OtherThe Arts & Culture Unit of ATINER is organizing the 3rd Annual International Symposium on Culture and Civilization, 11-14 June 2018, Athens, Greece. This year the symposium will be centered around the themes of History, Conservation, Economics and Tourism. Those four terms, tough they exist in their own right, they are nevertheless inextricably connected by the word culture. Thus, the primary aim of this conference highlights this particular aspect, as it provides a platform for academics, experts, educators and interested public who wish to present their innovative ideas relating to the core theme of culture, but at the same time encompass the most wide-ranging disciplines in the academic world. They include history, cultural heritage, humanities, philosophy, economics, law, sociology, chemistry, biology, architecture, engineering, education, information technology, and the various streams of the performing arts: music, cinema, theatre, books, archives and others connected to the topics in the Symposium title. The Symposium is therefore an interdisciplinary opportunity for everyone to scientifically share and exchange, and consider and compare, their ideas.
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assets
conservation
cultural heritage
study group
Tanzania
monument
neglect
Values
capitalist society
metaphor
building
sustainability
paradigm
management
community
economics
time
philosophy
literature

Cite this

Armitage, L. (2018). Priceless or Bankrupt: Problems and Prospects from a Built Heritage Conservation Perceptive. 3rd Annual International Symposium on Culture and Civilization, Athens, Greece.
Armitage, Lynne. / Priceless or Bankrupt: Problems and Prospects from a Built Heritage Conservation Perceptive. 3rd Annual International Symposium on Culture and Civilization, Athens, Greece.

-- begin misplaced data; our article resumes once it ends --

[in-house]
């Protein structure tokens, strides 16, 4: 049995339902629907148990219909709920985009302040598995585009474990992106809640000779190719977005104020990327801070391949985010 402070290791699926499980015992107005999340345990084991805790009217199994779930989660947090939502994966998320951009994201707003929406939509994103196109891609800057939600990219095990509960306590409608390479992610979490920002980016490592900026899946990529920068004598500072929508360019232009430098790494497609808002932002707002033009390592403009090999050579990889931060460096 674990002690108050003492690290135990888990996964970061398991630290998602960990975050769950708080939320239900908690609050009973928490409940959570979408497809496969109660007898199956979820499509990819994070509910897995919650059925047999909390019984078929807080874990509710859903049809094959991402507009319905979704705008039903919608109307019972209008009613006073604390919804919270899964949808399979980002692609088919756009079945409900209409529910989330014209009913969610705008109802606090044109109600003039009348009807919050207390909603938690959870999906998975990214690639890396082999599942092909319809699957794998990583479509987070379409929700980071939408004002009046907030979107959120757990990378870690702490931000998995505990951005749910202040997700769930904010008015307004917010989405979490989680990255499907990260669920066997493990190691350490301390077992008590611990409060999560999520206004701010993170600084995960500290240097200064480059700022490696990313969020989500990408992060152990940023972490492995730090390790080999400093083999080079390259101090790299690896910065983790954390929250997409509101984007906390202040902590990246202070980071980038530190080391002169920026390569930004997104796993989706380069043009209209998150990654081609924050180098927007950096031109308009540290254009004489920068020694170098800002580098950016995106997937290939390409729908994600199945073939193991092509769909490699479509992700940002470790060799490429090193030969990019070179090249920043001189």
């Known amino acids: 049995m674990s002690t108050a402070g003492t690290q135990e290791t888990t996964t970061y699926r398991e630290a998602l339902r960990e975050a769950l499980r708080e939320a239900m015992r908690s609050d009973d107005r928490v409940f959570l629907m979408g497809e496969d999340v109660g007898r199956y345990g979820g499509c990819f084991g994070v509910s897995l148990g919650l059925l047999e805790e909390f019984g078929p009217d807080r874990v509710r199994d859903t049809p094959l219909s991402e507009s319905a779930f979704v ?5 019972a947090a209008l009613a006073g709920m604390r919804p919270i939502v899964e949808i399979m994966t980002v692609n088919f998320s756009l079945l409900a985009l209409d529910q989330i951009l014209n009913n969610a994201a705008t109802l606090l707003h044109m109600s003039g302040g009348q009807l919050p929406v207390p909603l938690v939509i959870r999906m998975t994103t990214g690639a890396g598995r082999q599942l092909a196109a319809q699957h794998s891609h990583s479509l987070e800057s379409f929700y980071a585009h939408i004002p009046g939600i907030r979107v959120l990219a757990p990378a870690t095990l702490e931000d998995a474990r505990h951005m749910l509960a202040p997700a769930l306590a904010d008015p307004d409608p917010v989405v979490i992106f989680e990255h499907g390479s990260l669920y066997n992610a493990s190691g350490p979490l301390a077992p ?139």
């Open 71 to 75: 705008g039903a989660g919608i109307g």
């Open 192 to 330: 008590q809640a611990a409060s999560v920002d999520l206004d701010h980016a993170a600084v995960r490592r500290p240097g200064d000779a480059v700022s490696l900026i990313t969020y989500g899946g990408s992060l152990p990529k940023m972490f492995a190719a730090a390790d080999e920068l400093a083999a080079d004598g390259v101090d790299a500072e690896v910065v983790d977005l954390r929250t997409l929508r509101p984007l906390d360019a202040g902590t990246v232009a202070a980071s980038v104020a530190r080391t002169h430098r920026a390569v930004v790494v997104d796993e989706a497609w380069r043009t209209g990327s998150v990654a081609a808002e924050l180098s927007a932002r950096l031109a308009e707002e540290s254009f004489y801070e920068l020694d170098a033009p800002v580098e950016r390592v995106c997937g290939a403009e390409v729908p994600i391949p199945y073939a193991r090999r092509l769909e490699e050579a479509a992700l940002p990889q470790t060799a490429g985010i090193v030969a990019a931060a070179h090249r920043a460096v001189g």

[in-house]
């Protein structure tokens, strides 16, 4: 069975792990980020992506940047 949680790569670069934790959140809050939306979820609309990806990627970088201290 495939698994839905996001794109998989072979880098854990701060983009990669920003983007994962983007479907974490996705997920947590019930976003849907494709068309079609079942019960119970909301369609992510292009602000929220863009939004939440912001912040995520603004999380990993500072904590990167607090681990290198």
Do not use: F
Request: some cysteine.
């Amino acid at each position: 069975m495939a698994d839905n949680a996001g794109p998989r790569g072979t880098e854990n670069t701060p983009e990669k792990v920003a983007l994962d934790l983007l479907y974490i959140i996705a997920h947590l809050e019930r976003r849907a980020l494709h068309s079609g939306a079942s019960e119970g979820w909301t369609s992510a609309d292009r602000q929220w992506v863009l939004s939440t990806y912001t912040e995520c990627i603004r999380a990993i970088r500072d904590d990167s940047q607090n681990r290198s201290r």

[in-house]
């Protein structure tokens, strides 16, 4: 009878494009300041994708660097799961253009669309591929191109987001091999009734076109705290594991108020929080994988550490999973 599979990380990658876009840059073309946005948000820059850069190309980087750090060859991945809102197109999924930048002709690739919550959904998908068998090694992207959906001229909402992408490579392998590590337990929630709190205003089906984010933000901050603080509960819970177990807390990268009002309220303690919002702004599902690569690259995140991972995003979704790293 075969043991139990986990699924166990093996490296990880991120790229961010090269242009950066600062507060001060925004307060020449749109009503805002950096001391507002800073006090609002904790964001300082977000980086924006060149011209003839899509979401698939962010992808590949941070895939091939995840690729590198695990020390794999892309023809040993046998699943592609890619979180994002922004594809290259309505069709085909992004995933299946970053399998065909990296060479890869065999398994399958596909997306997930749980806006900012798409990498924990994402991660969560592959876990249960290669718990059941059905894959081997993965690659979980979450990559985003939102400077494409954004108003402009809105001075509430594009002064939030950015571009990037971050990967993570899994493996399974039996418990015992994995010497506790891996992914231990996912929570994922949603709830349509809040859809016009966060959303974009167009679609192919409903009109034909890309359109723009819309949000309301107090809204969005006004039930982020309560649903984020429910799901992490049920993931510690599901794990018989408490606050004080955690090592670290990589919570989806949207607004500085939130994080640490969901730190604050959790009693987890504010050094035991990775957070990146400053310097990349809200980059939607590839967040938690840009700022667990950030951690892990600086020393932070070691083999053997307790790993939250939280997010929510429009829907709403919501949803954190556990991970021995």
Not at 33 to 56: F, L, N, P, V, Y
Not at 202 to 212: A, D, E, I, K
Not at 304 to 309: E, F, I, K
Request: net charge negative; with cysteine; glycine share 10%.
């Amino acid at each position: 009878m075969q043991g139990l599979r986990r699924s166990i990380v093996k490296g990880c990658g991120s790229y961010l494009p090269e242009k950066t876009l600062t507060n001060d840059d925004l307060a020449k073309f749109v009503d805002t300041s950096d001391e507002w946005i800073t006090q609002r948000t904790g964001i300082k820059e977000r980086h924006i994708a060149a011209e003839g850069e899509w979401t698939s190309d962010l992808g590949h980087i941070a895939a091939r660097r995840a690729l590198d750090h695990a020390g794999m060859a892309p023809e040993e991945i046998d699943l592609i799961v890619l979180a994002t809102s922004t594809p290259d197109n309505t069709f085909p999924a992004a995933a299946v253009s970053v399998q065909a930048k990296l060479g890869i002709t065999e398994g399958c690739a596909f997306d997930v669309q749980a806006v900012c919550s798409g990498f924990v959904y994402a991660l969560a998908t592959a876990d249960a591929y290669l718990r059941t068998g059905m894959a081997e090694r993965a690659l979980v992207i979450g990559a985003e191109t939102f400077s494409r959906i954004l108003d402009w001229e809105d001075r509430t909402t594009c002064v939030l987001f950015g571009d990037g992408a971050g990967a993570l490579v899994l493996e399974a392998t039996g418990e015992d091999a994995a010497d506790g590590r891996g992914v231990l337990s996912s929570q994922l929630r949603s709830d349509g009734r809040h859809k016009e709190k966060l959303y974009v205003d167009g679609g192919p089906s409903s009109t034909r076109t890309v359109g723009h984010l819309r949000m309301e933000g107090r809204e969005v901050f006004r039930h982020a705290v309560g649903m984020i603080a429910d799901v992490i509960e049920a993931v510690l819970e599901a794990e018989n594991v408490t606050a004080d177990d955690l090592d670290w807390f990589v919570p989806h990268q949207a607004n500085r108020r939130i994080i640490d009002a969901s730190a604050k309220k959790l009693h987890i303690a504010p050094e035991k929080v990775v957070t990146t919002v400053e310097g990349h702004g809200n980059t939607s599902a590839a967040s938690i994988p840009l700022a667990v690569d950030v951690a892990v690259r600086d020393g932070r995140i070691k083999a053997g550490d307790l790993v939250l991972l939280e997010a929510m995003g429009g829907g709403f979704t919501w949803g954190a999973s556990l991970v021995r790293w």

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abstract = "Heritage conservation today is recognised one of the oldest philosophies in the field of built environment aimed at creating a sustainable management system for historic buildings, sites and monuments. At the root of its theory, policies and practices lies the belief that cultural built heritage is a priceless asset. Unfortunately, some argue it is a bankrupt metaphor. The concept of pricelessness has failed persistently to protect places with important historical and cultural values from being demolished by way of neglect. Built assets may frequently receive appropriate listing or other statutory protection until such time as a conflict arises with what are considered the more mainstream values of capitalist societies, generating a tension often relieved, by the desecration and loss of the heritage asset. From this perspective, this paper explores the term priceless in relation to (i) its influence on heritage conservation and changing built environment (ii) how the concept can be employed more synergistically with the behemoth of economic development to achieve a more positive outcome for the community. A critical review of the literature and an empirical analysis of data collected from focus group studies conducted in Australia and Tanzania. It was found that heritage sector stands to lose far more without a paradigm shift that generates a balance between justifying new development at the expense of priceless, irreplaceable built heritage. The paper suggests that heritage practitioners need to more effective methods for assessing the values of cultural built heritage. The originality in this paper is its new perspective on pricelessness in light of understanding the impacts on sustainability in built heritage conservation.",